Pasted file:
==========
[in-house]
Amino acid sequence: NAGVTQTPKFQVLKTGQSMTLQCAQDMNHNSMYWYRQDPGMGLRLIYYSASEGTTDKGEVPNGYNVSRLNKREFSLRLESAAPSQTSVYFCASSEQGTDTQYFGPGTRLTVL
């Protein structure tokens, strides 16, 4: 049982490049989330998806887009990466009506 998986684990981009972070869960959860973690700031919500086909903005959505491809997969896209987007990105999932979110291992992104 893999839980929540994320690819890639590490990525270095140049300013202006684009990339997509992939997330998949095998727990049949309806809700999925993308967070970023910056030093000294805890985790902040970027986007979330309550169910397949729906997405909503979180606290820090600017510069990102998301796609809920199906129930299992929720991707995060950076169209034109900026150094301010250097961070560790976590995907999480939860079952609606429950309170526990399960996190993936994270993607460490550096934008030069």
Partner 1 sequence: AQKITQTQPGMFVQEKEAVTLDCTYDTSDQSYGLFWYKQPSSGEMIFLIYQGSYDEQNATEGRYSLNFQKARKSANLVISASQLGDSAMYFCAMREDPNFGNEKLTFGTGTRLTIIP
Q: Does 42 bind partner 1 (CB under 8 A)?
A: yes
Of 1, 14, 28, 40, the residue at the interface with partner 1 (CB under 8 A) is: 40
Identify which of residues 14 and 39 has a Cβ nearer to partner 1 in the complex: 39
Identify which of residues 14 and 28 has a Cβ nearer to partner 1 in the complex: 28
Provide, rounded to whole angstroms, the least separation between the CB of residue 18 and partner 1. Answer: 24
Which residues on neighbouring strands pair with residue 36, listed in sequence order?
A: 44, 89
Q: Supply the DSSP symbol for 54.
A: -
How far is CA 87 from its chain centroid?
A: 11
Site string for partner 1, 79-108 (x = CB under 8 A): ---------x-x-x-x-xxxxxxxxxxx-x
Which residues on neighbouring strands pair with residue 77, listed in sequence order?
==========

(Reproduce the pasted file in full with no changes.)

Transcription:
[in-house]
Amino acid sequence: NAGVTQTPKFQVLKTGQSMTLQCAQDMNHNSMYWYRQDPGMGLRLIYYSASEGTTDKGEVPNGYNVSRLNKREFSLRLESAAPSQTSVYFCASSEQGTDTQYFGPGTRLTVL
């Protein structure tokens, strides 16, 4: 049982490049989330998806887009990466009506 998986684990981009972070869960959860973690700031919500086909903005959505491809997969896209987007990105999932979110291992992104 893999839980929540994320690819890639590490990525270095140049300013202006684009990339997509992939997330998949095998727990049949309806809700999925993308967070970023910056030093000294805890985790902040970027986007979330309550169910397949729906997405909503979180606290820090600017510069990102998301796609809920199906129930299992929720991707995060950076169209034109900026150094301010250097961070560790976590995907999480939860079952609606429950309170526990399960996190993936994270993607460490550096934008030069």
Partner 1 sequence: AQKITQTQPGMFVQEKEAVTLDCTYDTSDQSYGLFWYKQPSSGEMIFLIYQGSYDEQNATEGRYSLNFQKARKSANLVISASQLGDSAMYFCAMREDPNFGNEKLTFGTGTRLTIIP
Q: Does 42 bind partner 1 (CB under 8 A)?
A: yes
Of 1, 14, 28, 40, the residue at the interface with partner 1 (CB under 8 A) is: 40
Identify which of residues 14 and 39 has a Cβ nearer to partner 1 in the complex: 39
Identify which of residues 14 and 28 has a Cβ nearer to partner 1 in the complex: 28
Provide, rounded to whole angstroms, the least separation between the CB of residue 18 and partner 1. Answer: 24
Which residues on neighbouring strands pair with residue 36, listed in sequence order?
A: 44, 89
Q: Supply the DSSP symbol for 54.
A: -
How far is CA 87 from its chain centroid?
A: 11
Site string for partner 1, 79-108 (x = CB under 8 A): ---------x-x-x-x-xxxxxxxxxxx-x
Which residues on neighbouring strands pair with residue 77, listed in sequence order?